Understanding Paramount – HD-DVD on the rise

If you listened to both sides in recent months regarding to who’s winning the high definition video war it was like listening to an outrageous claims competition between Comical Ali and Baron Münchhausen. Sony’s made something of take-over bid for corporate BS in the last couple of years, but I would trust the claims of the HD-DVD gang either. They’re both arguing the toss over total numbers of sales that a typical DVD blockbuster movie might accrue alone.
But what’s really stoked up the fires of decent is the announcement that having been playing both sides Paramount has now decided to chop it’s interest in Blue-ray and put it’s energies into HD-DVD only! Considering how much ‘we’re winning!’ glee we’ve seen from Sony recently this appears to fly in the face of commercial logic. That assumes Sony weren’t full of it, and that HD-DVD wasn’t actually making real inroads.
Myself, I’m a friend of the third way. Given the pathetic numbers both formats has achieved any lead by either side could easily be overtaken, once (and if) a format becomes accepted. I’d suggest Paramount is thinking that it doesn’t really care which one wins, but it’s only prepared to spend time and effort releasing on one, what with the numbers being currently so poor.
So which one? It didn’t matter which one, they just picked it out of a hat, or kicked a movie executive off an high building with HD-DVD on his front and Blu-Ray on his back, whichever way up he landed.
I think it might have come down to how much Sony asks in licensing per disc, but it’s purely academic, they wanted to support only one and they picked HD-DVD for whatever reason.
Doing this now doesn’t stop them coming back and supporting Blu-ray if Sony manages to make it fly, but it reduces the overhead for supporting HD this financial year. The trouble is with decisions like this is they might be read by other Blu-ray supporters that Paramount knows something they don’t, making them nervous. And with Christmas coming and both Transformers and Bourne Ultimatum exclusively on HD-DVD they might get tempted to jump ship to be part of that. Whatever happens this change of tack by Paramount might well have big implications for the future success of HD-DVD, unless something equally unexpected happens to brighten Blu-ray’s day.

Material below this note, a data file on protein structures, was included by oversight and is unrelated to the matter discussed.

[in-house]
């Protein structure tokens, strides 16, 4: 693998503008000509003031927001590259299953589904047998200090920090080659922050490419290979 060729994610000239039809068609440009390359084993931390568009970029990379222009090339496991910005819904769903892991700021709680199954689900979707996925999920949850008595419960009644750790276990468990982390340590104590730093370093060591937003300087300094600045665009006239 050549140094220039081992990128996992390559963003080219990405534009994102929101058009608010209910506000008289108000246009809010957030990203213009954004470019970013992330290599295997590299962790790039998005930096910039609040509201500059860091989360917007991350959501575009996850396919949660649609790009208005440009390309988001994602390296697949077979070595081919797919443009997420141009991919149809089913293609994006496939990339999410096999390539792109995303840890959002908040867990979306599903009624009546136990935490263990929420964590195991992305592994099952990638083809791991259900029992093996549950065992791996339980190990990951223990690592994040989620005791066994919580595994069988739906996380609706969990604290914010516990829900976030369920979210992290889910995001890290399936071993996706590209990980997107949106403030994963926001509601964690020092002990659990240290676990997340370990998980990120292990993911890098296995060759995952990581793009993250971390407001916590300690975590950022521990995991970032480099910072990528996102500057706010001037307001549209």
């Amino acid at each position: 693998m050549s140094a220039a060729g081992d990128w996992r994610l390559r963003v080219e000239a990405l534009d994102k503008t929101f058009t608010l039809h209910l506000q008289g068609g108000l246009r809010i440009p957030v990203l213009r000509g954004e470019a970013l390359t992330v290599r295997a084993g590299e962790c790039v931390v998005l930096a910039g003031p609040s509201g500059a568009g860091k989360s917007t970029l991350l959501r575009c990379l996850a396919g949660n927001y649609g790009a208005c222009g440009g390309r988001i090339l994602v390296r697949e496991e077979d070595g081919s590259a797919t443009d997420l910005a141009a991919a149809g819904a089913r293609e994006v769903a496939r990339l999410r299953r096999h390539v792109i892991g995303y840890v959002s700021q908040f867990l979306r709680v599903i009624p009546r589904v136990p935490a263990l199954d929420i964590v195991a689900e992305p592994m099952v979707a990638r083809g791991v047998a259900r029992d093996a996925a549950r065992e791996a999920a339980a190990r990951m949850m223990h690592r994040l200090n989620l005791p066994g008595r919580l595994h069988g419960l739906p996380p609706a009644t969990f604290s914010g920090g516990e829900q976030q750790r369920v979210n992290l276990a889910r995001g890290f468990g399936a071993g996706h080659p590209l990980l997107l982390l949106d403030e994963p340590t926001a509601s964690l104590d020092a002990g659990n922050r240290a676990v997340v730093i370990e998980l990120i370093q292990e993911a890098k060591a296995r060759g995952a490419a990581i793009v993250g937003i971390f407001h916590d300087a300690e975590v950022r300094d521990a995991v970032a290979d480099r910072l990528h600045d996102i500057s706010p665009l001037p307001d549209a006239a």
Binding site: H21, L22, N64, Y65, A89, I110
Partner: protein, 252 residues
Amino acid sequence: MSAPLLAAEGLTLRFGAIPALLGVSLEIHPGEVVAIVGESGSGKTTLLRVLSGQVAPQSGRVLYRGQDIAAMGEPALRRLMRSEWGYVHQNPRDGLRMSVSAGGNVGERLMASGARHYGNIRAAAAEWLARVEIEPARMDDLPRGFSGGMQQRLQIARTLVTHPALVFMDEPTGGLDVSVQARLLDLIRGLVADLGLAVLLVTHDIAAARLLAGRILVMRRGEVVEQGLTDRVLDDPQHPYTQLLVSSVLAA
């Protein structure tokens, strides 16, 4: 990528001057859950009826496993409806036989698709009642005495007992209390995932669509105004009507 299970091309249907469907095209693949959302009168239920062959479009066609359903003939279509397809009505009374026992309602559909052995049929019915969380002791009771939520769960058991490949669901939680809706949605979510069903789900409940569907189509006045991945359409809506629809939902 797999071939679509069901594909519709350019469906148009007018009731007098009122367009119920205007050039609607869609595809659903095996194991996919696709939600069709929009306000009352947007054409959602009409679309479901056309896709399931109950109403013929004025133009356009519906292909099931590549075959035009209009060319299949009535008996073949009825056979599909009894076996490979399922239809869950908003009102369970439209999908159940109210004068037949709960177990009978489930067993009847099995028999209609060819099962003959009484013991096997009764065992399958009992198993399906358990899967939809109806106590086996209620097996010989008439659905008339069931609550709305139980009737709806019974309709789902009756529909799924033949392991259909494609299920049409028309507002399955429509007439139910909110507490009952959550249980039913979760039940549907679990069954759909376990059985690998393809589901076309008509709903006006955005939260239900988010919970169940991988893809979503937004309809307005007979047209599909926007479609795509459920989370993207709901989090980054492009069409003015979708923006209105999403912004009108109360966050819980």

UPDATE: The New York Times has spilled the beans on a rumoured $150m kicker that Paramount and DreamWorks Animation will get for making their commitment to HD-DVD, but then says it’s quoting an executive who wishes not to be named! This all sounds rather murky to me, and I’m curious what incentives have been offered to Blu-ray supporters to stay with that technology, and where this money actually came from. This agreement supposedly on last 18 months, so HD-DVD might only be buying short-term friends. But it will be interesting to see if this is $150m well spent, wherever it came from.


1 Response to “Understanding Paramount – HD-DVD on the rise”

  1. August 28, 2007 at 8:14 pm

    Paramount was a strong and exclusive HD-DVD supporter back in 2005 (as a matter of fact the first studio to announce titles!) and hinted in one of their later press statements (when they decided to go both formats) that their choice for Blu-ray was basically built on high sales expectations for the Playstation 3.

    Those have been brutally shattered by Nintendo’s Wii and statistically every PS3 owner own this planet doesn’t call more than 2 Blu-Ray Discs his own. The PS3 owners want games, not movies in HD, so there is no longevity effect favoring Blu-Ray.

    The only market offering longevity are currently HD-DVD players (if the PS3 is not considered an equal stand-alone Blu-Ray player). Someone at Microsoft must have gotten wind of Paramount’s frustration and offered them an “incentive”.

    Cutting of Blu-Ray disc supplies for the PS3 is good for Microsoft’s XBox 360 “The enemy of my enemy is my friend”. It is part of Microsoft’s Summer and Fall offensive:
    First they get their hands on a previously PS-exclusive game (Ace Combat 6), in September they’ll issue the long-awaited Halo 3 (an XBox 360 exclusive) and the really anticipated PS3 games have all been postponed until 2008. Consumers will think twice which game console they’ll purchase for Christmas with previously exclusive PS-games (Devil May Cry, Silent Hill 5 etc.) coming out day-to-day with the XBox 360 next year.

    Microsoft is a pretty darn good chess player…

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